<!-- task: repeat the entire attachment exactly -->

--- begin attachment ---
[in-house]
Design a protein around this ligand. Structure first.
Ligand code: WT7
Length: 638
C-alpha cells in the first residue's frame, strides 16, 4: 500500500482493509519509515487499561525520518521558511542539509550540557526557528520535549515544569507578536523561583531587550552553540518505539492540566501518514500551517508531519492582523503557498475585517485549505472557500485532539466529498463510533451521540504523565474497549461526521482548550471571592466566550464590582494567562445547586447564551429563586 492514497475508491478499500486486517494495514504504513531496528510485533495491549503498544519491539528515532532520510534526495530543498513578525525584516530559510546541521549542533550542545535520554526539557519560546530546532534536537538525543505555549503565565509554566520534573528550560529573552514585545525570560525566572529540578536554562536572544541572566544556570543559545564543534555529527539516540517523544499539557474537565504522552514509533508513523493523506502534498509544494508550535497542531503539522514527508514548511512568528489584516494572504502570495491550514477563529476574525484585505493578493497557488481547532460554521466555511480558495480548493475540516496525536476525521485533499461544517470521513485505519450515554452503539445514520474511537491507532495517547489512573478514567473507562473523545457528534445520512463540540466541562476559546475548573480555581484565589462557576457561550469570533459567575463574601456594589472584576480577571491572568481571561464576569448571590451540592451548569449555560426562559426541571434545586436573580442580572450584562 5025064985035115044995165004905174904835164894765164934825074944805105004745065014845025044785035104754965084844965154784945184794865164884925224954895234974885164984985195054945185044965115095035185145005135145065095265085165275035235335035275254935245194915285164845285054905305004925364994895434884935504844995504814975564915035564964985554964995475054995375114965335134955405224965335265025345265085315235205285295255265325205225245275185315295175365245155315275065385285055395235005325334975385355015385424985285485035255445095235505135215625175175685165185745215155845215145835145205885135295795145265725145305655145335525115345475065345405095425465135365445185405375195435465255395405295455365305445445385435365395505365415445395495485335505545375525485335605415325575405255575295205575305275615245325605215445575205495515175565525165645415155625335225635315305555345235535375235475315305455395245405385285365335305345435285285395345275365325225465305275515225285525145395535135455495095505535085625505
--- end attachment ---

[in-house]
Design a protein around this ligand. Structure first.
Ligand code: WT7
Length: 638
C-alpha cells in the first residue's frame, strides 16, 4: 500500500482493509519509515487499561525520518521558511542539509550540557526557528520535549515544569507578536523561583531587550552553540518505539492540566501518514500551517508531519492582523503557498475585517485549505472557500485532539466529498463510533451521540504523565474497549461526521482548550471571592466566550464590582494567562445547586447564551429563586 492514497475508491478499500486486517494495514504504513531496528510485533495491549503498544519491539528515532532520510534526495530543498513578525525584516530559510546541521549542533550542545535520554526539557519560546530546532534536537538525543505555549503565565509554566520534573528550560529573552514585545525570560525566572529540578536554562536572544541572566544556570543559545564543534555529527539516540517523544499539557474537565504522552514509533508513523493523506502534498509544494508550535497542531503539522514527508514548511512568528489584516494572504502570495491550514477563529476574525484585505493578493497557488481547532460554521466555511480558495480548493475540516496525536476525521485533499461544517470521513485505519450515554452503539445514520474511537491507532495517547489512573478514567473507562473523545457528534445520512463540540466541562476559546475548573480555581484565589462557576457561550469570533459567575463574601456594589472584576480577571491572568481571561464576569448571590451540592451548569449555560426562559426541571434545586436573580442580572450584562 5025064985035115044995165004905174904835164894765164934825074944805105004745065014845025044785035104754965084844965154784945184794865164884925224954895234974885164984985195054945185044965115095035185145005135145065095265085165275035235335035275254935245194915285164845285054905305004925364994895434884935504844995504814975564915035564964985554964995475054995375114965335134955405224965335265025345265085315235205285295255265325205225245275185315295175365245155315275065385285055395235005325334975385355015385424985285485035255445095235505135215625175175685165185745215155845215145835145205885135295795145265725145305655145335525115345475065345405095425465135365445185405375195435465255395405295455365305445445385435365395505365415445395495485335505545375525485335605415325575405255575295205575305275615245325605215445575205495515175565525165645415155625335225635315305555345235535375235475315305455395245405385285365335305345435285285395345275365325225465305275515225285525145395535135455495095505535085625505